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Revista Brasileira de Anestesiologia

Print version ISSN 0034-7094

Rev. Bras. Anestesiol. vol.59 no.1 Campinas Jan./Feb. 2009

http://dx.doi.org/10.1590/S0034-70942009000100010 

CLINICAL REPORT

 

Anesthetic management of a patient with hereditary hemorrhagic telangiectasia (Rendu-Osler-Weber syndrome). Case report*

 

Manoseo anestésico de paciente portador de telangiectasia hemorrágica hereditaria (síndrome de Rendu - Osler - Weber). Relato de caso

 

 

Alexandre Palmeira Goulart, TSA, M.D.I; Eduardo Toshiyuki Moro,TSA, M.D.II; Valter Moreno Guasti, TSA, M.D.II; Régis Faria Colares, M.D.III

IInstrutor CET/SBA do Conjunto Hospitalar de Sorocaba (PUC/SP); Anestesiologista do Hospital Unimed de Sorocaba, SP
IICo-Responsável pelo CET/SBA do Conjunto Hospitalar de Sorocaba (PUC/SP); Anestesiologista do Hospital Unimed de Sorocaba, SP
IIIAnestesiologista do Hospital Unimed de Sorocaba — SP

Correspondence to

 

 


SUMMARY

BACKGROUND AND OBJECTIVES: Hereditary hemorrhagic telangiectasia (HHT), also known as Rendu-Osler-Weber syndrome, is an autosomal dominant disorder characterized by mucocutaneous and visceral vascular dysplasia associated with frequent episodes of epistaxis and gastrointestinal bleeding. The objective of this report was to describe the anesthesia of a patient with this syndrome.
CASE REPORT: A 25 years old male patient underwent surgical correction of an orbital fracture. He had the triad of recurrent epistaxis, family history, and telangiectasia, and had been diagnosed with HHT. Pulmonary, brain, or gastrointestinal tract vascular malformations were not detected in the preoperative investigation. The patient underwent total venous anesthesia one hour after the administration of an antifibrinolytic drug. Bleeding was considered normal for this type of surgery, and hemodynamic instability or the need of perioperative blood transfusion was not detected. The patient was extubated in the operating room; he was transferred to the room after 60 minutes and discharged from the hospital after 24 hours.
CONCLUSIONS: Hereditary hemorrhagic telangiectasia is an autosomal dominant disorder that leads to mucocutaneous and visceral vascular dysplasia. Perioperative blood loss can be greater than expected in patients with this syndrome. Since bleeding does not result from a defect in the coagulation cascade but from the surgical exposure of malformed vascular structures, perioperative conduct includes the use of antifibrinolytics, adequate homeostasis, and induced hypotension in the absence of contraindications. Pre-anesthetic evaluation should include the search for brain, lung, and gastrointestinal vascular malformation.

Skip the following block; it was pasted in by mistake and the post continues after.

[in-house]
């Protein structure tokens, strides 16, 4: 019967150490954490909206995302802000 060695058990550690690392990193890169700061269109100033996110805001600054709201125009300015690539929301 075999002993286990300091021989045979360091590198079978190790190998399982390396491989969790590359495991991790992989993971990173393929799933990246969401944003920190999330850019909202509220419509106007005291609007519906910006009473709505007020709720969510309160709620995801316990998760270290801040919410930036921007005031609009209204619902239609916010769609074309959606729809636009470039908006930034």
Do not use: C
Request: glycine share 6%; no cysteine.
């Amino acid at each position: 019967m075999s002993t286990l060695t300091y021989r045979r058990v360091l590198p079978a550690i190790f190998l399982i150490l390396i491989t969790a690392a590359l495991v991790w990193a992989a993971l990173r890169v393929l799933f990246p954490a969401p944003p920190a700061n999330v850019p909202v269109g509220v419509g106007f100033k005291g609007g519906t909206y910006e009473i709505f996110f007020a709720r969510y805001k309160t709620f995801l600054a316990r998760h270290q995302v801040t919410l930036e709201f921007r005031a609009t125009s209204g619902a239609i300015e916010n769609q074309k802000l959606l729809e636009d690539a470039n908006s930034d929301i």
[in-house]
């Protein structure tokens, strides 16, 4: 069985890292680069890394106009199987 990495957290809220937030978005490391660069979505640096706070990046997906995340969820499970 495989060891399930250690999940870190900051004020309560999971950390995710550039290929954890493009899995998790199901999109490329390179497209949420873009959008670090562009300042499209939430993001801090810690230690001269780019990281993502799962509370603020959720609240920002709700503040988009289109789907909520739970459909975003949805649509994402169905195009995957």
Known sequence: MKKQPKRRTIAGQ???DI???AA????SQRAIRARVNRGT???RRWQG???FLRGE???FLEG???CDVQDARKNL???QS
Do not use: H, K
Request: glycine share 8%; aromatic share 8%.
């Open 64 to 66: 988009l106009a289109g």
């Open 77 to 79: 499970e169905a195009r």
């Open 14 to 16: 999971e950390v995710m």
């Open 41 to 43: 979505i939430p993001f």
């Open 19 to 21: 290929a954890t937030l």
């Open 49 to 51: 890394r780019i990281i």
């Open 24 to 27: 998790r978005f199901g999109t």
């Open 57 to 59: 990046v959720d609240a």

Key Words: DISEASES, Genetics: hereditary hemorrhagic telangiectasia, Rendu-Osler-Weber syndrome.


RESUMEN

JUSTIFICATIVA Y OBJETIVOS: La telangiectasia hemorrágica hereditaria (THH), también conocida como síndrome de Rendu-Osler-Weber, es una enfermedad autosómica dominante, caracterizada por displasia vascular muco-cutánea y visceral asociada a frecuentes episodios de epistaxis y sangramientos gastrointestinales. El objetivo del presente relato fue el de describir la anestesia en paciente portador de ese síndrome.
RELATO DEL CASO: Paciente del sexo masculino, 25 años, sometido a la corrección quirúrgica de fractura de órbita izquierda. Portador de la tríade epistaxis recurrente, historial familiar y telangiectasia presentaba diagnóstico de THH. Durante la investigación preoperatoria no se encontraron malformaciones vasculares pulmonares, encefálicas o del tracto gastrointestinal. El paciente se sometió a la anestesia venosa total, una hora después de la administración profiláctica de antifibrinolítico. El sangramiento fue considerado normal para la operación propuesta, y no hubo inestabilidad hemodinámica o necesidad de transfusión sanguínea perioperatoria. La extubación fue hecha en la sala de cirugía, y el paciente fue enviado a la habitación 60 minutos después. El alta fue en 24 horas.
CONCLUSIONES: La THH es una enfermedad autosómica dominante, caracterizada por displasia vascular muco-cutánea y visceral. Puede haber pérdida sanguínea perioperatoria por encima de la esperada para pacientes portadores de ese síndrome. Como el sangramiento no es resultado de un defecto en la cascada de coagulación, sino de la exposición quirúrgica de la estructura vascular malformada, la conducta perioperatoria incluye el uso de antifibrinolíticos, la realización de una hemostasis adecuada y la hipotensión arterial inducida, cuando no haya contraindicación. La evaluación preanestésica debe incluir la investigación de malformaciones vasculares encefálicas, pulmonares o del tracto gastrointestinal.